Come on, let's face it: marketing manuals are often boring. Not all of them, let's say the most. Who knows why, maybe it's because they are chock full of lists, directories, enumerations ...
In fact marketing textbooks have lists for everything: the 4 rules for determining fair price, the 10 commandments of the perfect sales manager, the 7 market segments according to Tom and Dick, the 13 questions most frequently asked by marketers. Think about it... Marketing experts tend to think that explaining something is to some extent equivalent to enumerate its constituent elements: tell me what parts you're made of, and I'll tell you who you are.
Might be, but we're not convinced, because rarely a simple list, by itself, is able to be really persuasive as any true explanation should be.
That said, we must also admit that as semantic engineers we are in line with this approach. As a matter of fact, to define taxonomic classes - which is one of our most important tasks - we have two main methodologies: the first one - let's call it 'deductive' - is to define the abstract properties of classes regardless of the number and identity of their members. The second, the 'inductive' one, defines classes by listing one by one all of its members. Once you've listed all members... voila!... the class is ready-described. Technically speaking a class defined in this way is called an 'enumerated class'.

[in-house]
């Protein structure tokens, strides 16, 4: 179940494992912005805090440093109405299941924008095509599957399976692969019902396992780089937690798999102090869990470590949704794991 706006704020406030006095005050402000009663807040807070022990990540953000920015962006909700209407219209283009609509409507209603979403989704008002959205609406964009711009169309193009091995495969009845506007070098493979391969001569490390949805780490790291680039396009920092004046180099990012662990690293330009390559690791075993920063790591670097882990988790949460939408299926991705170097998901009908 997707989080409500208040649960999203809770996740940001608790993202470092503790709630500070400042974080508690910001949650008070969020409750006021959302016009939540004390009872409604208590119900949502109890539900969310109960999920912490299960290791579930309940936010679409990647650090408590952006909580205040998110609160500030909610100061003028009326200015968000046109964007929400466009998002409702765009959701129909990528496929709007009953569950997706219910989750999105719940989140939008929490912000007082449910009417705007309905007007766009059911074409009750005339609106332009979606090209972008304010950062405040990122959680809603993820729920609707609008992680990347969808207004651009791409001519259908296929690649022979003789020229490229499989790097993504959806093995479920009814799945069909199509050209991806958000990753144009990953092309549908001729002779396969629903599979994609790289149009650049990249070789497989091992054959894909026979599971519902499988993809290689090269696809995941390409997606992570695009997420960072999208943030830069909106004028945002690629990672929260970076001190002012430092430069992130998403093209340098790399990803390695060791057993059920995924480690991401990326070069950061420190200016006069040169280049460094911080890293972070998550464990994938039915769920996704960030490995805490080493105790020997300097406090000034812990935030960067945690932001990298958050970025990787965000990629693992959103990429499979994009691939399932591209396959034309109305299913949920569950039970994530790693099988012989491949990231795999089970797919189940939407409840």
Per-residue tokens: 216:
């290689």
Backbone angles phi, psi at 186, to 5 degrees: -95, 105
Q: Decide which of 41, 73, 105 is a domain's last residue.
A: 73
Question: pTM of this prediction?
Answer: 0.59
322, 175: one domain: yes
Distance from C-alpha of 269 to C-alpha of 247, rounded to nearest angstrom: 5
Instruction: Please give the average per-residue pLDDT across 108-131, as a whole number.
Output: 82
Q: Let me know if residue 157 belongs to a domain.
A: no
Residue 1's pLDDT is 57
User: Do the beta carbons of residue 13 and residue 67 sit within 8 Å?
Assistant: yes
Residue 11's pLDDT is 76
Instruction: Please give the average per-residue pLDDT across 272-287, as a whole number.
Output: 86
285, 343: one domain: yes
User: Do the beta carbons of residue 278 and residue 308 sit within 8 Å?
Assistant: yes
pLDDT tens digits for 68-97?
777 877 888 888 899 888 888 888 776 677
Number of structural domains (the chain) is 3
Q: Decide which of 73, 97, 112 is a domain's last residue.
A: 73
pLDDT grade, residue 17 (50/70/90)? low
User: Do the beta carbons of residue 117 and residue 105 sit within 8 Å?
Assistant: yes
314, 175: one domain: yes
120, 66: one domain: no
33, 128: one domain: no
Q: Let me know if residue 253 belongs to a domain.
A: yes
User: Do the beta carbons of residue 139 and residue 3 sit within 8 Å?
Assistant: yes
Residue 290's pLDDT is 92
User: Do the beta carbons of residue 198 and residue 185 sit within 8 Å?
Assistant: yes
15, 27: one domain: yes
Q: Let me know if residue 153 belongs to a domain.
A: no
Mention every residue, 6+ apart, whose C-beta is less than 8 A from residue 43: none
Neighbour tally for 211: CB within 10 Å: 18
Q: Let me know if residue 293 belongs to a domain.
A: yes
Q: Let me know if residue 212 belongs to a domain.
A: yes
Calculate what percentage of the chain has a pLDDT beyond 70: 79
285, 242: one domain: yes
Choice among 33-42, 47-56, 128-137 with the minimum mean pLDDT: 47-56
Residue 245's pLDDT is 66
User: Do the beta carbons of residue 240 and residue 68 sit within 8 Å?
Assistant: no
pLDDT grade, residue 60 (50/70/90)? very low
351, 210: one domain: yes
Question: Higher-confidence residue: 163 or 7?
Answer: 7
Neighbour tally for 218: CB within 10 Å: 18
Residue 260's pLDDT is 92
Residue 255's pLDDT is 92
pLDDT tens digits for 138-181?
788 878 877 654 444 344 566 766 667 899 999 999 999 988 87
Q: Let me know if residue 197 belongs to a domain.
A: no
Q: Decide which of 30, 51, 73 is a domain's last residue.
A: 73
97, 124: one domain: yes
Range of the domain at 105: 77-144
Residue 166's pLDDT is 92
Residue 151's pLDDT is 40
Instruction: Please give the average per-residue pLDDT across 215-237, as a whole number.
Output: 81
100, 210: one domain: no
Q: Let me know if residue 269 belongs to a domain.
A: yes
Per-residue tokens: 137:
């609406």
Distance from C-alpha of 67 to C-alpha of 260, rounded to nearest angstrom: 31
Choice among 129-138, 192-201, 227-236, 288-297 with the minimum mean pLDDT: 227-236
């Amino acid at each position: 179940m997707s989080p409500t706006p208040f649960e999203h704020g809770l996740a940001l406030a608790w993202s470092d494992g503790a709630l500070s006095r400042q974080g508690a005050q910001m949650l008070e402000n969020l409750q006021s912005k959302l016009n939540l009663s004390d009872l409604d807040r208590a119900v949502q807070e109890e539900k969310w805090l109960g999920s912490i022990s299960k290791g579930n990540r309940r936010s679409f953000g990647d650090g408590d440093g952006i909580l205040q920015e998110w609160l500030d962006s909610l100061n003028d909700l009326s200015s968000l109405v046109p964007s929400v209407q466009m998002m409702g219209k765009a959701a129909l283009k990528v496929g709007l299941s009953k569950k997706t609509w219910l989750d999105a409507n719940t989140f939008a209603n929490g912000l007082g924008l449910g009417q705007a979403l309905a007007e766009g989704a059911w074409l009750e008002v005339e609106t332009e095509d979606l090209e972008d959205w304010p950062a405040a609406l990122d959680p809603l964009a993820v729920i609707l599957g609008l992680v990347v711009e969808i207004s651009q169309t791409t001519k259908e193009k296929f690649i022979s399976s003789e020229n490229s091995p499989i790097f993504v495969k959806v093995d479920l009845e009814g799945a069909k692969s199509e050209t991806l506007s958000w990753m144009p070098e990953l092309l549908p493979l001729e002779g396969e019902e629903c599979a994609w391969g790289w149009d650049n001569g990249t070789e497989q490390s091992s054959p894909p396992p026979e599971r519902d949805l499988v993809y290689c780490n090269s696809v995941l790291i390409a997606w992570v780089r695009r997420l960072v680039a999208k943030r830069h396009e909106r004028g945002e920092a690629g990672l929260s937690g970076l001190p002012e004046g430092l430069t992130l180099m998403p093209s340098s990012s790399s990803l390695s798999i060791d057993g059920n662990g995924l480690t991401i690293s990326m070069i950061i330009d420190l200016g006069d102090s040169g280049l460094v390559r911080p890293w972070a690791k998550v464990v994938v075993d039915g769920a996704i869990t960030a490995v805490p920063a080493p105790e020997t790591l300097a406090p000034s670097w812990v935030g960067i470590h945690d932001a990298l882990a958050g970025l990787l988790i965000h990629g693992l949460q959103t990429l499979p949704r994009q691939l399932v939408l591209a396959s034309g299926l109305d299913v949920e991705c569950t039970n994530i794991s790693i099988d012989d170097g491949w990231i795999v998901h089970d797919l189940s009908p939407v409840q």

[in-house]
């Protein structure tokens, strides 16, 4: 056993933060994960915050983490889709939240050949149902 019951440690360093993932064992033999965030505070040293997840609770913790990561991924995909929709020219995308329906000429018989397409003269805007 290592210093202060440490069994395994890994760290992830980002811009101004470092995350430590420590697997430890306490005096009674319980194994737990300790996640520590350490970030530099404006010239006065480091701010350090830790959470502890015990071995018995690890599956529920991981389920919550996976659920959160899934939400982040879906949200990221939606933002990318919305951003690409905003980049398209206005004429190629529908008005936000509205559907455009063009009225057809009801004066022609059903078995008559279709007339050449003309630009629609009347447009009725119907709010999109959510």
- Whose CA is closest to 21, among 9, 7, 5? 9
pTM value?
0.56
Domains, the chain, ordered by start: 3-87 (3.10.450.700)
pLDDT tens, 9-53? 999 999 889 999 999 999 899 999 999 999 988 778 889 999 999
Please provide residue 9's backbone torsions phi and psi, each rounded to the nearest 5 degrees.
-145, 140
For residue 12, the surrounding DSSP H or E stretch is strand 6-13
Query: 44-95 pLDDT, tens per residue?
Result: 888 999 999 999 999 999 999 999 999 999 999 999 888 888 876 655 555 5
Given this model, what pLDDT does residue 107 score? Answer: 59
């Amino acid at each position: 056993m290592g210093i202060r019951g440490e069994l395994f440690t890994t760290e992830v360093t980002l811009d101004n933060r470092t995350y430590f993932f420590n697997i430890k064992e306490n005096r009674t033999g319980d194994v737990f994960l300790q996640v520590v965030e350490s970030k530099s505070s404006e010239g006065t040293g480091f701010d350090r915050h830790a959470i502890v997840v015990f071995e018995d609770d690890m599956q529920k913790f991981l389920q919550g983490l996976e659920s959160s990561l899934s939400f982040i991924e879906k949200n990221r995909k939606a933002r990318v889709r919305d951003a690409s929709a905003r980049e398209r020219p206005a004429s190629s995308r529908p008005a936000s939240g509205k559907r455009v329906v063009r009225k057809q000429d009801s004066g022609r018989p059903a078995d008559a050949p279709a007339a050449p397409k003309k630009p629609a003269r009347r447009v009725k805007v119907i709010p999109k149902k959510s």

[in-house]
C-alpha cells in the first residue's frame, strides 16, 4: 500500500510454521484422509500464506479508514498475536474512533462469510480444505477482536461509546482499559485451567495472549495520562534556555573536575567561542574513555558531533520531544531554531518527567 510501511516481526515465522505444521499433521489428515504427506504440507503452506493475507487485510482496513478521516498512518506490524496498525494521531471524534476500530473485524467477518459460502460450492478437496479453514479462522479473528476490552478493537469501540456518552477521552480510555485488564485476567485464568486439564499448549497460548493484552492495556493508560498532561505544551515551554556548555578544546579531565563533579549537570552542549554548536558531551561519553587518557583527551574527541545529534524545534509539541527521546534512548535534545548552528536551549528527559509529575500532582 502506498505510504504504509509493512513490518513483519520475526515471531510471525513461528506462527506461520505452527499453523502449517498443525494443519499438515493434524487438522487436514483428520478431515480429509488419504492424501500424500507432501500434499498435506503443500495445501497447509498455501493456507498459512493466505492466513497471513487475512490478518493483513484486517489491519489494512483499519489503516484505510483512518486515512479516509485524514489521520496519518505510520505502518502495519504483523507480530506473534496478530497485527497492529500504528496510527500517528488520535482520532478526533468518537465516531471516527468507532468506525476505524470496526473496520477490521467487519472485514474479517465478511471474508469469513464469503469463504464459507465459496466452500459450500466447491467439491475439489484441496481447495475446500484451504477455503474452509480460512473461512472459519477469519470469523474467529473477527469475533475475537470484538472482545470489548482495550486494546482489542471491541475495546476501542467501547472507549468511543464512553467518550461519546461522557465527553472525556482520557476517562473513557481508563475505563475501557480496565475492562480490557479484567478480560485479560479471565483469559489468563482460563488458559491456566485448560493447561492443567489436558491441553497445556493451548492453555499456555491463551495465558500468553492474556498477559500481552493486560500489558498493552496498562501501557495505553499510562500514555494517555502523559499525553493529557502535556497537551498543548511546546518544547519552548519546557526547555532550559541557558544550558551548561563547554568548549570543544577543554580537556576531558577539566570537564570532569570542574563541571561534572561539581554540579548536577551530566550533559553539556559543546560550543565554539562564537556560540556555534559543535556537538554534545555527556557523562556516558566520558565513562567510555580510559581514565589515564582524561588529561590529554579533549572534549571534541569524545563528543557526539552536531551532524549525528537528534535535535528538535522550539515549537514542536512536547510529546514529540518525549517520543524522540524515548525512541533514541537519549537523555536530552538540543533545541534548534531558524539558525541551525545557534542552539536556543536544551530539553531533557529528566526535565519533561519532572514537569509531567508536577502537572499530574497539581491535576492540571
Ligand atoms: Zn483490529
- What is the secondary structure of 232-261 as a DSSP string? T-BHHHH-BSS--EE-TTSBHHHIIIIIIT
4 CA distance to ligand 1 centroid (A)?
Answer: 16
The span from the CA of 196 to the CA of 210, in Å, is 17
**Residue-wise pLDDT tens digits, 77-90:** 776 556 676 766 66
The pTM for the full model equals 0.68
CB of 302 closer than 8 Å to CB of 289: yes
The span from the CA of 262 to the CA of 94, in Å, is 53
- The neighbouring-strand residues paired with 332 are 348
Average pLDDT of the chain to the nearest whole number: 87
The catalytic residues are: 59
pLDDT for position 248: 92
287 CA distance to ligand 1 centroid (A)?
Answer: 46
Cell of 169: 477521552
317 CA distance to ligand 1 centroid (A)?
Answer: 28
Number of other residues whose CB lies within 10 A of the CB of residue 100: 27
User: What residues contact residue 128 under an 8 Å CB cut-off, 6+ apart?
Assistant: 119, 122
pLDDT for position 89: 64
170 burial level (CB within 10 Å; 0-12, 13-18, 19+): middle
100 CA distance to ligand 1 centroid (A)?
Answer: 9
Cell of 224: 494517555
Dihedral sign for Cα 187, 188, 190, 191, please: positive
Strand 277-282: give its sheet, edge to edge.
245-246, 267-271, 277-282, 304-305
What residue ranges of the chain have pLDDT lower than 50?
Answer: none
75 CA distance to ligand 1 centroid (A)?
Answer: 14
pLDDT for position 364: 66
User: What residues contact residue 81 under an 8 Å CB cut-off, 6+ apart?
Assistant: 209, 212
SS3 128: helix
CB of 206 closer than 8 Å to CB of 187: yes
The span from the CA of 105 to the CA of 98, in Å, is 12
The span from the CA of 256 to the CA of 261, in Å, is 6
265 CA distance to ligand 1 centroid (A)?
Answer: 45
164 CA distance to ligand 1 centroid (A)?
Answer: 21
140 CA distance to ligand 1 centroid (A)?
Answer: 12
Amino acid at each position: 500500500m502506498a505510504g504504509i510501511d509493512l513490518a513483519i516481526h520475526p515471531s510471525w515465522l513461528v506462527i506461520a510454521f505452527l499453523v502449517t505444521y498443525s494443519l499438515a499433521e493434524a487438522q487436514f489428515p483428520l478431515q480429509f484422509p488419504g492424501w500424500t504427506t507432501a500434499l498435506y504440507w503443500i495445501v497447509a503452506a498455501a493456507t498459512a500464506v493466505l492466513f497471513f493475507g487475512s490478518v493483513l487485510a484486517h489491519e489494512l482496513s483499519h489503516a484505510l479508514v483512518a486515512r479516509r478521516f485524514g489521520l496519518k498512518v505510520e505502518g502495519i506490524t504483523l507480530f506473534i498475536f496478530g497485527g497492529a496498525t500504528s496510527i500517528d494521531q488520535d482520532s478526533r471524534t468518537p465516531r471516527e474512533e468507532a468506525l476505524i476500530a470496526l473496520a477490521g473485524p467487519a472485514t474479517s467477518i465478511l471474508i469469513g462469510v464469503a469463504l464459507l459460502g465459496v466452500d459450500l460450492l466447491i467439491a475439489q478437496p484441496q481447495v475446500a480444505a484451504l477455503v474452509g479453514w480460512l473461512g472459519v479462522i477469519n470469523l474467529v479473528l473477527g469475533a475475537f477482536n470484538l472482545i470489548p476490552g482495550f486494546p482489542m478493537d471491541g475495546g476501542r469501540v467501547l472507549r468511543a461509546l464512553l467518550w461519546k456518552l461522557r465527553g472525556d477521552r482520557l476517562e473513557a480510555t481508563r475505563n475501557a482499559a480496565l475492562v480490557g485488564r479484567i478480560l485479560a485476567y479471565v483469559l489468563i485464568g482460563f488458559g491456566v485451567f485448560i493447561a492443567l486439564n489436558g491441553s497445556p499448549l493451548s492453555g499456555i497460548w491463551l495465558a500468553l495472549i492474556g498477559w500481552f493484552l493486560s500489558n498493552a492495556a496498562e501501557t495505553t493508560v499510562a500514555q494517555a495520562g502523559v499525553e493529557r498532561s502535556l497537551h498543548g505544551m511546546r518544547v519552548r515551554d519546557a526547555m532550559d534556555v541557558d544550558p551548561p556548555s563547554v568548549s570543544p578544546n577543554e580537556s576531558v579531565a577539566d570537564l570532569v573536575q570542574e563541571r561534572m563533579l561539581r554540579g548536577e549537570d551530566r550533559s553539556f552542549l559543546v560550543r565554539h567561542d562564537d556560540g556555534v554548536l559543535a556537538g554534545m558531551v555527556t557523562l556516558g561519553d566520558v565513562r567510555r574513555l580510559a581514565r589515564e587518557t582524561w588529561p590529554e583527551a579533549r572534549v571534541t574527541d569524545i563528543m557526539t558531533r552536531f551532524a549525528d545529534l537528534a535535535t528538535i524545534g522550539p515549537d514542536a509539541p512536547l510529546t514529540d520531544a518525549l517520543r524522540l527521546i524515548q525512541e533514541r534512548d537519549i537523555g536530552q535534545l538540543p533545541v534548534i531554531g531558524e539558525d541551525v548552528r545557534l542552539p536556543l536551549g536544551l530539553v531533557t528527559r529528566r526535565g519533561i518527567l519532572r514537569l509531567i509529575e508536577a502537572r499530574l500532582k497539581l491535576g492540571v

Lists are boring, that's it, but they are one of the most powerful tools we've got to describe things. Be careful, therefore, not to underestimate the profound wisdom of marketing managers!